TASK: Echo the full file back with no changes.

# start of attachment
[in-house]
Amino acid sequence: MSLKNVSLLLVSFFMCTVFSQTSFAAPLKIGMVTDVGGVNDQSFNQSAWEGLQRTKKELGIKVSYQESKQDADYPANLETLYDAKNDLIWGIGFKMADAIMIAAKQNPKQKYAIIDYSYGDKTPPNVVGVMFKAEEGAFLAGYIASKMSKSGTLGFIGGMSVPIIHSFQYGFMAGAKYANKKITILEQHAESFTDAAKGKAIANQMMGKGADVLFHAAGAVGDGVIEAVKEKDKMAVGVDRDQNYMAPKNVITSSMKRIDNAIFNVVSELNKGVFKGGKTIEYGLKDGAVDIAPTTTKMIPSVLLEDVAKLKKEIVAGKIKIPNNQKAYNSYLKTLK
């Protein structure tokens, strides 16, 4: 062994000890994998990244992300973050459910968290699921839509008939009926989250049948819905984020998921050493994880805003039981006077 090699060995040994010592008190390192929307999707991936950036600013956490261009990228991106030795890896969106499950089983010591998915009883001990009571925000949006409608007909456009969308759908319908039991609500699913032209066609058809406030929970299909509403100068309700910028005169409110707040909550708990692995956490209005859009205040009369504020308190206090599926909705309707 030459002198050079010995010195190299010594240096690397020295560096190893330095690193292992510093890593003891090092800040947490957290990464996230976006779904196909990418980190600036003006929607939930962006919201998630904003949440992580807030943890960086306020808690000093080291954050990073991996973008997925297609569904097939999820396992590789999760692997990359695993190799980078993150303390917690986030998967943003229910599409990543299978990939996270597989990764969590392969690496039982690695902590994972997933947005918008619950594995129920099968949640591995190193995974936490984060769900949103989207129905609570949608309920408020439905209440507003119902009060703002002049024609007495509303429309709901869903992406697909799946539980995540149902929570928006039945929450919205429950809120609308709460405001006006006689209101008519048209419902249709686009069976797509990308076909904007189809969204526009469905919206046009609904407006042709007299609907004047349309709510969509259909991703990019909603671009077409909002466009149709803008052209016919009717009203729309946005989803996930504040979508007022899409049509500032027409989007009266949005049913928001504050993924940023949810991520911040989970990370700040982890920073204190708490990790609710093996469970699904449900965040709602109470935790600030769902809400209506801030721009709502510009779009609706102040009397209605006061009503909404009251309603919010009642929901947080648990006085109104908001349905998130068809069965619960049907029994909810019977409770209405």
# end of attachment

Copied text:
[in-house]
Amino acid sequence: MSLKNVSLLLVSFFMCTVFSQTSFAAPLKIGMVTDVGGVNDQSFNQSAWEGLQRTKKELGIKVSYQESKQDADYPANLETLYDAKNDLIWGIGFKMADAIMIAAKQNPKQKYAIIDYSYGDKTPPNVVGVMFKAEEGAFLAGYIASKMSKSGTLGFIGGMSVPIIHSFQYGFMAGAKYANKKITILEQHAESFTDAAKGKAIANQMMGKGADVLFHAAGAVGDGVIEAVKEKDKMAVGVDRDQNYMAPKNVITSSMKRIDNAIFNVVSELNKGVFKGGKTIEYGLKDGAVDIAPTTTKMIPSVLLEDVAKLKKEIVAGKIKIPNNQKAYNSYLKTLK
């Protein structure tokens, strides 16, 4: 062994000890994998990244992300973050459910968290699921839509008939009926989250049948819905984020998921050493994880805003039981006077 090699060995040994010592008190390192929307999707991936950036600013956490261009990228991106030795890896969106499950089983010591998915009883001990009571925000949006409608007909456009969308759908319908039991609500699913032209066609058809406030929970299909509403100068309700910028005169409110707040909550708990692995956490209005859009205040009369504020308190206090599926909705309707 030459002198050079010995010195190299010594240096690397020295560096190893330095690193292992510093890593003891090092800040947490957290990464996230976006779904196909990418980190600036003006929607939930962006919201998630904003949440992580807030943890960086306020808690000093080291954050990073991996973008997925297609569904097939999820396992590789999760692997990359695993190799980078993150303390917690986030998967943003229910599409990543299978990939996270597989990764969590392969690496039982690695902590994972997933947005918008619950594995129920099968949640591995190193995974936490984060769900949103989207129905609570949608309920408020439905209440507003119902009060703002002049024609007495509303429309709901869903992406697909799946539980995540149902929570928006039945929450919205429950809120609308709460405001006006006689209101008519048209419902249709686009069976797509990308076909904007189809969204526009469905919206046009609904407006042709007299609907004047349309709510969509259909991703990019909603671009077409909002466009149709803008052209016919009717009203729309946005989803996930504040979508007022899409049509500032027409989007009266949005049913928001504050993924940023949810991520911040989970990370700040982890920073204190708490990790609710093996469970699904449900965040709602109470935790600030769902809400209506801030721009709502510009779009609706102040009397209605006061009503909404009251309603919010009642929901947080648990006085109104908001349905998130068809069965619960049907029994909810019977409770209405």